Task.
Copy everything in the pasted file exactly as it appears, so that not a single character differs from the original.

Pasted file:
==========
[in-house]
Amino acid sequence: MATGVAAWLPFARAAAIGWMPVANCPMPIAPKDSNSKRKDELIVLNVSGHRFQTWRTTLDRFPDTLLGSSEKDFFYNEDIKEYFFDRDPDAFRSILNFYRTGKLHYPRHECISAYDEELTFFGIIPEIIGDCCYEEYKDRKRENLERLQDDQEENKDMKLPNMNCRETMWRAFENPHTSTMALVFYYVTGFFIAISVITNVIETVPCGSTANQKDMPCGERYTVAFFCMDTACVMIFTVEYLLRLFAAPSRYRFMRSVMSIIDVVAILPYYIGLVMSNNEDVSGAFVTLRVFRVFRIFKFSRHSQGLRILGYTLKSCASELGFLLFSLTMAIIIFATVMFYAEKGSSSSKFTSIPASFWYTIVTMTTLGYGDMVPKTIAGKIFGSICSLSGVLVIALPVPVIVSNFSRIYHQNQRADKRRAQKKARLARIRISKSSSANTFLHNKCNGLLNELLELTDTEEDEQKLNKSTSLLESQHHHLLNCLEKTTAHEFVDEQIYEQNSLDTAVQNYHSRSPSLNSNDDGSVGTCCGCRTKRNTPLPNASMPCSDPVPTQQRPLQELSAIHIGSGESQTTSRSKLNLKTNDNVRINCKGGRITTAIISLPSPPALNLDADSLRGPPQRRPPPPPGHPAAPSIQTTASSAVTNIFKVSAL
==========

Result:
[in-house]
Amino acid sequence: MATGVAAWLPFARAAAIGWMPVANCPMPIAPKDSNSKRKDELIVLNVSGHRFQTWRTTLDRFPDTLLGSSEKDFFYNEDIKEYFFDRDPDAFRSILNFYRTGKLHYPRHECISAYDEELTFFGIIPEIIGDCCYEEYKDRKRENLERLQDDQEENKDMKLPNMNCRETMWRAFENPHTSTMALVFYYVTGFFIAISVITNVIETVPCGSTANQKDMPCGERYTVAFFCMDTACVMIFTVEYLLRLFAAPSRYRFMRSVMSIIDVVAILPYYIGLVMSNNEDVSGAFVTLRVFRVFRIFKFSRHSQGLRILGYTLKSCASELGFLLFSLTMAIIIFATVMFYAEKGSSSSKFTSIPASFWYTIVTMTTLGYGDMVPKTIAGKIFGSICSLSGVLVIALPVPVIVSNFSRIYHQNQRADKRRAQKKARLARIRISKSSSANTFLHNKCNGLLNELLELTDTEEDEQKLNKSTSLLESQHHHLLNCLEKTTAHEFVDEQIYEQNSLDTAVQNYHSRSPSLNSNDDGSVGTCCGCRTKRNTPLPNASMPCSDPVPTQQRPLQELSAIHIGSGESQTTSRSKLNLKTNDNVRINCKGGRITTAIISLPSPPALNLDADSLRGPPQRRPPPPPGHPAAPSIQTTASSAVTNIFKVSAL